Re Framing Identities

Author : Ákos Moravánszky
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From 1970–1990, architecture experienced a revision as part of the post-modern movement. The critical attitude to the functionalistic Moderne style and the influence of semiotics and philosophical trends, such as phenomenology, on architectural theory led to an increased interest in its history, expression, perception, and context. In addition, architectural heritage and the care of architectural monuments gained importance. This development also increasingly challenged the ideologically based division between East and West. Instead of emphasizing the differences, the search was for a joint cultural heritage. The contributions in this volume question terms such as "Moderne" and "post-modern", and show how architecture could again represent local, regional, and national identity.

Building Practice in the Dutch East Indies

Author : David Hutama Setiadi
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This book reveals the ‘epistemic imposition’ of architectural ideas and practices by colonists from the Netherlands in the Dutch East Indies from the late-19th century onwards, exploring the ways in which this came to shape the profession up to the present day in what is now known as Indonesia. The author investigates the scope of these interventions by Dutch colonial agents in relation to existing Javanese building practices, pursuing two main lines of enquiry. The first is to examine the methods of dissemination of Dutch-taught technical knowledge and skills across the Dutch East Indies. The second is to scrutinise the effects of this dissemination upon the formation of architectural knowledge and practice within the colony. Throughout this book, the argument is made that what took place in architecture in the Dutch East Indies involved a process of disseminating building knowledge as a form of ‘epistemic imposition’ upon the indigenous citizens of the colony – in other words, as an effective instrument of Dutch colonial power. This book will be of interest to architecture academics and students interested in developing a broader global understanding of architecture, especially those interested in decolonising the teaching of architectural history and theory.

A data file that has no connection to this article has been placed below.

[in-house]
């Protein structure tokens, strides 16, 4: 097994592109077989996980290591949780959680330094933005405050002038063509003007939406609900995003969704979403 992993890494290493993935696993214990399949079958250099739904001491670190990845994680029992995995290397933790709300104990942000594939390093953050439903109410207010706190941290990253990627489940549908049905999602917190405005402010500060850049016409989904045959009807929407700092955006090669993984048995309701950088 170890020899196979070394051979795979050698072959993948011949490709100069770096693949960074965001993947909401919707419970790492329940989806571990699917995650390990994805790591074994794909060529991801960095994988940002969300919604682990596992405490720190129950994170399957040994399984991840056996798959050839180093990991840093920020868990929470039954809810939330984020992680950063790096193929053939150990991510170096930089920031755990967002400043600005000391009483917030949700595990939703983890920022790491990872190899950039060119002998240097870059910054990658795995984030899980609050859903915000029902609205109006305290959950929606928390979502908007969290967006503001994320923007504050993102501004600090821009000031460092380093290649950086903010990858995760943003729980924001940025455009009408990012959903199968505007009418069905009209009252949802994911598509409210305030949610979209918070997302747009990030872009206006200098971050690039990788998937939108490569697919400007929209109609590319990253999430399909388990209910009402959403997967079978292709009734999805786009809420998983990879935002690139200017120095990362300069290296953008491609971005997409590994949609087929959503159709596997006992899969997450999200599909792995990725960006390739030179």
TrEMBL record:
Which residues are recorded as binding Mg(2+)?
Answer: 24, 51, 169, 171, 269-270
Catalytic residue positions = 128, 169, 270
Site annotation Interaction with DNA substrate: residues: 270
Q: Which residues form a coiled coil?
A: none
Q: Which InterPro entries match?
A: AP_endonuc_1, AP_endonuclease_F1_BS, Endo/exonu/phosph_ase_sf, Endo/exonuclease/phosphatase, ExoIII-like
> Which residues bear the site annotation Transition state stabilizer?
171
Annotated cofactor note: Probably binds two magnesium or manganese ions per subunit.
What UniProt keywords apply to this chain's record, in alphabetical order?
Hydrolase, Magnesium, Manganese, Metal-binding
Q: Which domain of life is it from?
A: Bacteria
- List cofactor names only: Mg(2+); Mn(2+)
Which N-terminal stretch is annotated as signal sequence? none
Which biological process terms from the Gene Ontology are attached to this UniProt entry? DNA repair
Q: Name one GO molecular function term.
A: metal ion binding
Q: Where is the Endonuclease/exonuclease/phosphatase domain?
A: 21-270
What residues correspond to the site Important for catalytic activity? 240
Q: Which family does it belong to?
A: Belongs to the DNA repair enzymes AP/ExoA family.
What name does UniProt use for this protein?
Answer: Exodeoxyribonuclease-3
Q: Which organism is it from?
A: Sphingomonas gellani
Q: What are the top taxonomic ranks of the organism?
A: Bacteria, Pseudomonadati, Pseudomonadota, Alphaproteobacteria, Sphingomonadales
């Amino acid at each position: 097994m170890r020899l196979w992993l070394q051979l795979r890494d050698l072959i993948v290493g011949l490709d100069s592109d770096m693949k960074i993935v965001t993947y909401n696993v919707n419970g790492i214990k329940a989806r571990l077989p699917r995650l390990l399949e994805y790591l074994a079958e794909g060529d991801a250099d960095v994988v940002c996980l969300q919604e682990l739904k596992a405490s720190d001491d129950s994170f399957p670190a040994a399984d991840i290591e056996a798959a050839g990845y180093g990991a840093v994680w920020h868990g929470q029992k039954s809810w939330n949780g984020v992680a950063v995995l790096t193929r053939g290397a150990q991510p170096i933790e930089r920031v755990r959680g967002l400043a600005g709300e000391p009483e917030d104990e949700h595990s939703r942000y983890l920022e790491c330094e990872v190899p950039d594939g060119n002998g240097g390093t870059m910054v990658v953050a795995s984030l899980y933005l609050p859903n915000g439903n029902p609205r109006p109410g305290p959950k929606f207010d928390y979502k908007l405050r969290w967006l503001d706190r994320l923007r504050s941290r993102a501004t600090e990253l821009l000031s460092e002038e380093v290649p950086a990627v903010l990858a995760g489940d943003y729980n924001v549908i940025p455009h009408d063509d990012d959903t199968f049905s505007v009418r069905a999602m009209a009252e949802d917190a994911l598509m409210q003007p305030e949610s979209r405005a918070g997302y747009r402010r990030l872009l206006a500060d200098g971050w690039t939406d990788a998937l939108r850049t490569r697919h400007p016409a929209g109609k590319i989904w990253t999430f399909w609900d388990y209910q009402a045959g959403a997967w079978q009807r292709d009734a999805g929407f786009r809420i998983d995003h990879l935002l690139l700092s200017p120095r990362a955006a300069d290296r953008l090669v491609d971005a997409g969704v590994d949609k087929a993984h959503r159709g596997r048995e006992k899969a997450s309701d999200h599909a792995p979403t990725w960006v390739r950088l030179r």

Architecture in Global Socialism

Author : Łukasz Stanek
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How socialist architects, planners, and contractors worked collectively to urbanize and develop the Global South during the Soviet era In the course of the Cold War, architects, planners, and construction companies from socialist Eastern Europe engaged in a vibrant collaboration with those in West Africa and the Middle East in order to bring modernization to the developing world. Architecture in Global Socialism shows how their collaboration reshaped five cities in the Global South: Accra, Lagos, Baghdad, Abu Dhabi, and Kuwait City. Łukasz Stanek describes how local authorities and professionals in these cities drew on Soviet prefabrication systems, Hungarian and Polish planning methods, Yugoslav and Bulgarian construction materials, Romanian and East German standard designs, and manual laborers from across Eastern Europe. He explores how the socialist development path was adapted to tropical conditions in Ghana in the 1960s, and how Eastern European architectural traditions were given new life in 1970s Nigeria. He looks at how the differences between socialist foreign trade and the emerging global construction market were exploited in the Middle East in the closing decades of the Cold War. Stanek demonstrates how these and other practices of global cooperation by socialist countries—what he calls socialist worldmaking—left their enduring mark on urban landscapes in the postcolonial world. Featuring an extensive collection of previously unpublished images, Architecture in Global Socialism draws on original archival research on four continents and a wealth of in-depth interviews. This incisive book presents a new understanding of global urbanization and its architecture through the lens of socialist internationalism, challenging long-held notions about modernization and development in the Global South.

Political Postmodernisms

Author : LIDIA. KLEIN
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Political Postmodernisms shows how postmodern architecture in the unlikely settings of Chile during the neoliberal dictatorship of Augusto Pinochet and Poland during the late socialist Polish People's Republic undermine an established narrative of architecture theory and history.